People often associate groundhogs with Groundhog Day. Groundhog Day’s roots lie in the Christian tradition of Candlemas, a feast commemorating the presentation of Jesus at the temple in Jerusalem. Some believed that a sunny Candlemas predicted a longer winter. Germans took this a step further, believing that small animals that saw their shadow on Candlemas signaled 40 more days of winter. Regardless of the tradition, many people today still view groundhogs as heralds of spring.
Yet, because of what groundhogs eat, gardeners and farmers often see them as pests. Also known as the woodchuck, the groundhog is a burrowing rodent in the marmot family Sciuridae. These cuddly-looking critters live throughout the United States and Canada and can wreak havoc on a garden or vegetable patch. Many people develop negative views of groundhogs, but few can explain why. Even fewer know that answer to the question “what do groundhogs eat?”
In order to dispel negative views of groundhogs, it’s important to understand what they eat. After all, their burrowing behavior is merely a product of their desire to find food and shelter. Today, we’ll discuss what groundhogs like to eat, as well as how they find food. We’ll also discuss what they eat in the wild and in captivity, and what baby groundhogs eat. That way, if a groundhog is in your garden, you’ll understand why and learn how you can coexist with this furry critter. With that said, let’s dig into the topic of “what do groundhogs eat.”
What Do Groundhogs Like to Eat?
Like most other rodents, groundhogs are primarily herbivorous, meaning they eat mostly plant matter. Groundhogs eat a wide variety of vegetation, most of which are available in the wild. However, they also like to eat cultivated crops, which can lead them to incur the wrath of farmers and gardeners. While vegetables, grasses, and berries make up the bulk of a groundhog’s diet, they will eat other foods. For example, they will also eat insects, mollusks, and even small birds. That said, they aren’t generally considered omnivorous, as they eat these other foods only rarely. Groundhogs eat plants that can be found easily in the environment. To help narrow down this extensive list, we’ve identified 10 foods that groundhogs most like to eat. The foods groundhogs like most include:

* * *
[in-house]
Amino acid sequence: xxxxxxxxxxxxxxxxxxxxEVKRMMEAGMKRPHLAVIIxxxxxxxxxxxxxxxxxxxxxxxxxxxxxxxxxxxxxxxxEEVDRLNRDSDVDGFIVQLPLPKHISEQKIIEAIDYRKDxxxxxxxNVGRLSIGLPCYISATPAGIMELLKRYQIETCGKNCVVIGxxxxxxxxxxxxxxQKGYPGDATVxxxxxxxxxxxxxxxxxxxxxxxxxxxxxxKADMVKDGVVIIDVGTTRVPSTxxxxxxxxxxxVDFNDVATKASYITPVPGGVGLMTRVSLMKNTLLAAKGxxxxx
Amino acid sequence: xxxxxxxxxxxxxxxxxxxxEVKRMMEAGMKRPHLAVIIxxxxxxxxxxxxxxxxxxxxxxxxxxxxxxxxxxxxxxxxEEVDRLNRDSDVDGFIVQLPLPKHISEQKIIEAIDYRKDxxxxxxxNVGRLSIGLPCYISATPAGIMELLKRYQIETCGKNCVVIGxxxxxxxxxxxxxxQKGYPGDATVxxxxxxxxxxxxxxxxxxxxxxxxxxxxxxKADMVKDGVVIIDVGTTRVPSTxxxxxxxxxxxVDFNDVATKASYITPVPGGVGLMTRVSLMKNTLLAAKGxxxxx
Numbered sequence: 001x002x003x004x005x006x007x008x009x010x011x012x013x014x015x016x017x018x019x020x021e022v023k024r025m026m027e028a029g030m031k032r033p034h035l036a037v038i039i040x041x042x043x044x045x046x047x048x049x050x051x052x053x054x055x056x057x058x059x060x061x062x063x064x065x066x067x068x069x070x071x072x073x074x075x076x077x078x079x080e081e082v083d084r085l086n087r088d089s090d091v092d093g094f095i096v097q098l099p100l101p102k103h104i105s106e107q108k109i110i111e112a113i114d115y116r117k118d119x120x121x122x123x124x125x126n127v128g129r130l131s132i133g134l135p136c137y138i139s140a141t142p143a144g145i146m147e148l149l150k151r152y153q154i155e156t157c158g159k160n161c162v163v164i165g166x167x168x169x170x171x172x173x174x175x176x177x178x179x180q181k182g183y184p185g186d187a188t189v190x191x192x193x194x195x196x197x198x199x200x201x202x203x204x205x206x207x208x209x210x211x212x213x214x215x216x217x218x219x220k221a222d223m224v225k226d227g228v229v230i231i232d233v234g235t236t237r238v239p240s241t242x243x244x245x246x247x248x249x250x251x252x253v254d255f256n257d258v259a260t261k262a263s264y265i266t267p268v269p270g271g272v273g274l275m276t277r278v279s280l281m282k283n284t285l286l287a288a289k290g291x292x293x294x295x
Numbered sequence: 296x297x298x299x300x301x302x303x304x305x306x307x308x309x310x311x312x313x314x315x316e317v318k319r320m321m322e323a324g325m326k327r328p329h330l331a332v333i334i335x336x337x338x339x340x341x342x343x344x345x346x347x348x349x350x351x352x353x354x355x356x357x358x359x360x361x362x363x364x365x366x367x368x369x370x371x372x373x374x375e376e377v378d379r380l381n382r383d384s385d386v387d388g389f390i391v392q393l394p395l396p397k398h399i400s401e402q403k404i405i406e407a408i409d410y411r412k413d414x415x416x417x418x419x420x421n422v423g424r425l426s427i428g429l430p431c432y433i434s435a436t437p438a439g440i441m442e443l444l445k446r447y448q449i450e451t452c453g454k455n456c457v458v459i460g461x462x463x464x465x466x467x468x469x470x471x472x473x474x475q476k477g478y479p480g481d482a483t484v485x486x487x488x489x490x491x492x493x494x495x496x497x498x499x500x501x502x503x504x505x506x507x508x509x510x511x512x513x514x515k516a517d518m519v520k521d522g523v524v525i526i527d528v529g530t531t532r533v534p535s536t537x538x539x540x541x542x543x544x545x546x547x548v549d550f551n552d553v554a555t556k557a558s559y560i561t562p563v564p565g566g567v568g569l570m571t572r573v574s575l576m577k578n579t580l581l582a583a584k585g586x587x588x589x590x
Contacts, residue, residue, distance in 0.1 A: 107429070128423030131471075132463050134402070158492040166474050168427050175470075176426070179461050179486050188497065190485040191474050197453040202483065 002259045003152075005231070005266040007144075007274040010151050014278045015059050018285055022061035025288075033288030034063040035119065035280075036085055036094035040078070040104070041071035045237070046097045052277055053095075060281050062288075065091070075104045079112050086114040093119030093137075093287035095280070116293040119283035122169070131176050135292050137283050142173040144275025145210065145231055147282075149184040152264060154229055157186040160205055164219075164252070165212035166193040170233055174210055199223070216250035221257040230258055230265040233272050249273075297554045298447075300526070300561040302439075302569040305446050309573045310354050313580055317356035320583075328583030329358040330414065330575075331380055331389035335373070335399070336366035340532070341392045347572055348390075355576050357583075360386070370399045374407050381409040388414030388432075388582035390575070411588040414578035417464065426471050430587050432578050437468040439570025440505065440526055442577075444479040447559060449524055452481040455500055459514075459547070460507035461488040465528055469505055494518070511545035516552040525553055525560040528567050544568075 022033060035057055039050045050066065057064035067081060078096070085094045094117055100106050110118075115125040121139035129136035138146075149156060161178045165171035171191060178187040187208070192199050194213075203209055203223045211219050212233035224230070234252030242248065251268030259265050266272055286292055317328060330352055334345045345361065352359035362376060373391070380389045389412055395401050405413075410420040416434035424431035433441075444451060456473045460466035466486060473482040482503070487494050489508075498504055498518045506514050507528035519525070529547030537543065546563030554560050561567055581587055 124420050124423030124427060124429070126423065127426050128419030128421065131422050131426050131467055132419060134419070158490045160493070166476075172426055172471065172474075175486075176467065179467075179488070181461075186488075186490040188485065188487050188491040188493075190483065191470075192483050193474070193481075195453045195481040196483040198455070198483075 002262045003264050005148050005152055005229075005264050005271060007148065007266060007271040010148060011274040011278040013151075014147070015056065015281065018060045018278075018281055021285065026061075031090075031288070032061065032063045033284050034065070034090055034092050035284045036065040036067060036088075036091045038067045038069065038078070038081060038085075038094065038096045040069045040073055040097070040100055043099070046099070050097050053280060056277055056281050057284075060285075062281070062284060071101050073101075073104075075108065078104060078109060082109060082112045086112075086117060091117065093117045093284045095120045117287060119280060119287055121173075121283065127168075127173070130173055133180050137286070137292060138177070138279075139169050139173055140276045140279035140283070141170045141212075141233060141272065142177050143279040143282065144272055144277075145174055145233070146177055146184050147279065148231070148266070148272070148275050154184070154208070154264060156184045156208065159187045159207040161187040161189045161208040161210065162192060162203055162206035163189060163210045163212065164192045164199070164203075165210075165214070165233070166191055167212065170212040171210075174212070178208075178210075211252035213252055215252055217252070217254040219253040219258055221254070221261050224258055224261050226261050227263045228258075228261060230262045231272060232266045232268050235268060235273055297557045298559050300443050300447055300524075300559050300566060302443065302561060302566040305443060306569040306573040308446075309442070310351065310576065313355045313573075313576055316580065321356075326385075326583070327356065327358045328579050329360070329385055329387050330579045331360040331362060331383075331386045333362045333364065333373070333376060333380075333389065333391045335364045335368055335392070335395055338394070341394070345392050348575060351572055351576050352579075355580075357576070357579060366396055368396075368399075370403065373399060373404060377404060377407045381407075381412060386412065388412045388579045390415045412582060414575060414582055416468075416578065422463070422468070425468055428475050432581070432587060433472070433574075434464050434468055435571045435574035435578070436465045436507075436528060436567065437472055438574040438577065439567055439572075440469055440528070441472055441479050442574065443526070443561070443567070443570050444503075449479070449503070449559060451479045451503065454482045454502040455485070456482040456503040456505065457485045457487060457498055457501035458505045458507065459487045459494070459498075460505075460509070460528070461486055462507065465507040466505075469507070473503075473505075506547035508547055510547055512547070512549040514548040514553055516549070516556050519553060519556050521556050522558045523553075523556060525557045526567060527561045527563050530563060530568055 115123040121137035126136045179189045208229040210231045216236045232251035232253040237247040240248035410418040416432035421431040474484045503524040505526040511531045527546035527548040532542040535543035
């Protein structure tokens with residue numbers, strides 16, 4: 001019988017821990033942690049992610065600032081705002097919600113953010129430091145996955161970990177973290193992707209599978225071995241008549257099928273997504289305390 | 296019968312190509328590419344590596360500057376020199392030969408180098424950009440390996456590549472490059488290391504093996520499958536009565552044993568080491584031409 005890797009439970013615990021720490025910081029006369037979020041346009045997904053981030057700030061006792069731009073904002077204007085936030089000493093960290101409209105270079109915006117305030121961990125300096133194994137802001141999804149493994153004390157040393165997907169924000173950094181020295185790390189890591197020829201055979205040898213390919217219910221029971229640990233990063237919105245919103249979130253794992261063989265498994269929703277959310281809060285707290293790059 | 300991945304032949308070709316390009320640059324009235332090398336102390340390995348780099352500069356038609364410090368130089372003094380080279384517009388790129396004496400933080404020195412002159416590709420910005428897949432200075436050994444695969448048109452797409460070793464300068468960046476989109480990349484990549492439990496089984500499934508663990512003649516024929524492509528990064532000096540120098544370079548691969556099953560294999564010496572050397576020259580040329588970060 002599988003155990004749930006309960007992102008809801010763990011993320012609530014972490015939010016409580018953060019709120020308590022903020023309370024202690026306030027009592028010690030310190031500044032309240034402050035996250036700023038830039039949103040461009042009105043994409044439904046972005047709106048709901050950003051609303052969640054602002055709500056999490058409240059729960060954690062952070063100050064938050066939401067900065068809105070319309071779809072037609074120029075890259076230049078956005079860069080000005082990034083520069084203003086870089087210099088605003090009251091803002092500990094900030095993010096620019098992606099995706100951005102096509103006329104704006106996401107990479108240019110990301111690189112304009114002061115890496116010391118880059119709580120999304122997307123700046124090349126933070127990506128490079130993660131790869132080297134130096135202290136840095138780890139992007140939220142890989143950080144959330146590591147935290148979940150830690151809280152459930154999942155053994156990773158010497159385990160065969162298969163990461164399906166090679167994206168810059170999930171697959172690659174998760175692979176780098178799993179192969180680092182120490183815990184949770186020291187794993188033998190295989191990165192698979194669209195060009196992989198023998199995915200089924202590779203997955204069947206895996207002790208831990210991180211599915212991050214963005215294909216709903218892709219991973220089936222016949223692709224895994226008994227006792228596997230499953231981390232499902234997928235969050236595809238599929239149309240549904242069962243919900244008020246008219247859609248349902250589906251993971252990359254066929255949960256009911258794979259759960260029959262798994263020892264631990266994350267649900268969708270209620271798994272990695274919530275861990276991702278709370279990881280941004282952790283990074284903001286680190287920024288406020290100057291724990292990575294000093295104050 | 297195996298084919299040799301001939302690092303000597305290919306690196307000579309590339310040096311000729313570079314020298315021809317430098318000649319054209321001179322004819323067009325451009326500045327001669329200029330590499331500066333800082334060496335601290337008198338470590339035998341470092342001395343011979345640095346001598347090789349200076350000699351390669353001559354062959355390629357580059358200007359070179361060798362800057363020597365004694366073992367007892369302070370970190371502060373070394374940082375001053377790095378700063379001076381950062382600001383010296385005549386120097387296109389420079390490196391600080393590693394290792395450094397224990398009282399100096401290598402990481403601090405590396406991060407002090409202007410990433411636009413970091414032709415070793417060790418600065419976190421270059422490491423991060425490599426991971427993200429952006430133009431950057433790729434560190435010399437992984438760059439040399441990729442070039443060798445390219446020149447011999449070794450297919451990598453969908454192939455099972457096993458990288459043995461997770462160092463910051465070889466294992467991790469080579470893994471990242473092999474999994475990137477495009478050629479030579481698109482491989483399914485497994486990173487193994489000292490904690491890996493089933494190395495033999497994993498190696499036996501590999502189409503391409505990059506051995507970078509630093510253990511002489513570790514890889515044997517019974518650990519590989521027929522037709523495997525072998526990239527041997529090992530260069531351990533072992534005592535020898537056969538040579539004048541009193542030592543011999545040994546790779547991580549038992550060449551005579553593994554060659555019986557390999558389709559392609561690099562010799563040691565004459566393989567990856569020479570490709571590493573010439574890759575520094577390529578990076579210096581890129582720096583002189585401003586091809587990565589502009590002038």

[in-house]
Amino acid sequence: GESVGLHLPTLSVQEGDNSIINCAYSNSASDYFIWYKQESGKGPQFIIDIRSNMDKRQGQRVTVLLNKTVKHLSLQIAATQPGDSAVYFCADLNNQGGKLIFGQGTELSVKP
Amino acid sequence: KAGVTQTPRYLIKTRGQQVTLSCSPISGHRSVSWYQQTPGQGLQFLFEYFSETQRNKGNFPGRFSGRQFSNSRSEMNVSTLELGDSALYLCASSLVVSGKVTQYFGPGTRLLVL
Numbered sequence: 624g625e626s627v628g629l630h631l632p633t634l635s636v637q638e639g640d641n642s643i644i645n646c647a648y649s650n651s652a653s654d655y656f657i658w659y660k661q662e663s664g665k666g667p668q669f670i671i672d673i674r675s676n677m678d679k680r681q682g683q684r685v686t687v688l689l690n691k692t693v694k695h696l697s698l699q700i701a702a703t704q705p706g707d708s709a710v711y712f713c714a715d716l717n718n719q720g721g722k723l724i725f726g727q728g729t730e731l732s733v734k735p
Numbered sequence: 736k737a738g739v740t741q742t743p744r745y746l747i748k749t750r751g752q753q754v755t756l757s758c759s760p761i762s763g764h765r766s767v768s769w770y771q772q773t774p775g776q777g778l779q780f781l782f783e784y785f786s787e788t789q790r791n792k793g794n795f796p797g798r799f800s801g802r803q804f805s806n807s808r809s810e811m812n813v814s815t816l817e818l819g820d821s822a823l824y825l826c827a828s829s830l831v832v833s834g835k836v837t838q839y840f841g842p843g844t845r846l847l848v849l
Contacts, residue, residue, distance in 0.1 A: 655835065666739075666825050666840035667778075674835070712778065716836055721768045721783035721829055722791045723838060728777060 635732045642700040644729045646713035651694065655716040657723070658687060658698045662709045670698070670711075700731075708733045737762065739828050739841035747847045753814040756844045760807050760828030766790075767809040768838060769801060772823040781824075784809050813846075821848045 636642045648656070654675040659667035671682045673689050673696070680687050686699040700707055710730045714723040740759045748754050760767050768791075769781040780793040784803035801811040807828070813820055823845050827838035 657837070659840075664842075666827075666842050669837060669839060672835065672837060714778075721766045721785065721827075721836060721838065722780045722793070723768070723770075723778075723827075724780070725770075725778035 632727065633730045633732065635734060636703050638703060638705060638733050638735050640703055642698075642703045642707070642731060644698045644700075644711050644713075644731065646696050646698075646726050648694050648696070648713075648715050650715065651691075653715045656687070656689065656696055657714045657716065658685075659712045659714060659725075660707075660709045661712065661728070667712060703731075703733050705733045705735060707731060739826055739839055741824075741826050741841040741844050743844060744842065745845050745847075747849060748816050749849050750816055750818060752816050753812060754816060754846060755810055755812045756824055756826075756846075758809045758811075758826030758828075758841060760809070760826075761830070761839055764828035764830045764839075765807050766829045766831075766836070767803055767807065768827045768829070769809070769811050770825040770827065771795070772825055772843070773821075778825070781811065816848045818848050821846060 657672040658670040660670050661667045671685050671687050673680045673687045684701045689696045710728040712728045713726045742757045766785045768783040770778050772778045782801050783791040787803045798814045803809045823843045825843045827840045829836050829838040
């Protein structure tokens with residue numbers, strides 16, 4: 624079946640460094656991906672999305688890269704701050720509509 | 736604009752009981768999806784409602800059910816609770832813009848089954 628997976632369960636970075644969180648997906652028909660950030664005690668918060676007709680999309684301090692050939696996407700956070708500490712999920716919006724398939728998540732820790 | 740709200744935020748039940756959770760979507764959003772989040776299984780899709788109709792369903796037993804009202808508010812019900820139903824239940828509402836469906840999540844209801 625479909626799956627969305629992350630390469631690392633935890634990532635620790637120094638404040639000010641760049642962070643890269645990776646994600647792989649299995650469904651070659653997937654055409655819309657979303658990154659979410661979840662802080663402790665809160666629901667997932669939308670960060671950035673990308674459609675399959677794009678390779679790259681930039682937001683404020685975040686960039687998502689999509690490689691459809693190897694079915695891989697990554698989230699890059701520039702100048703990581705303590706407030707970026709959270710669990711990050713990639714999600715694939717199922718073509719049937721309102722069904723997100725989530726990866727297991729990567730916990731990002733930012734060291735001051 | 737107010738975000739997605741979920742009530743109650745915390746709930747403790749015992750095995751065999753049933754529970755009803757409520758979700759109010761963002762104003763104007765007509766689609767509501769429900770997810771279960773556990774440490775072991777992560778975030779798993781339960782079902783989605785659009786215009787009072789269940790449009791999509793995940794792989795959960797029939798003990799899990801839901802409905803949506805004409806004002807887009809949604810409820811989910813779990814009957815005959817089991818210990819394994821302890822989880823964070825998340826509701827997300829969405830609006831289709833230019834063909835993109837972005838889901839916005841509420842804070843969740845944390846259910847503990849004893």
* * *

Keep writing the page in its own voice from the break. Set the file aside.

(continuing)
How Do Groundhogs Forage For Food?
Groundhogs rely on their keen senses to help them survive in the wild and locate food. In particular, a groundhog most relies on its sense of sight, smell, and hearing. That said, hearing is most used to detect predators, rather than finding food. In fact, reports estimate that they can hear foodprints from over 500 yards away. Groundhogs possess exceptional vision and can spot moving objects from far away. Upon emerging from their burrows, groundhogs will use eyes and noses to locate food. Their noses are quite sensitive, and help them to locate ripe vegetables. However, their sensitivity is also their downfall, as many people put out odorous substances that groundhogs find repellant. Meanwhile, groundhogs rely less on taste and touch to help them find food.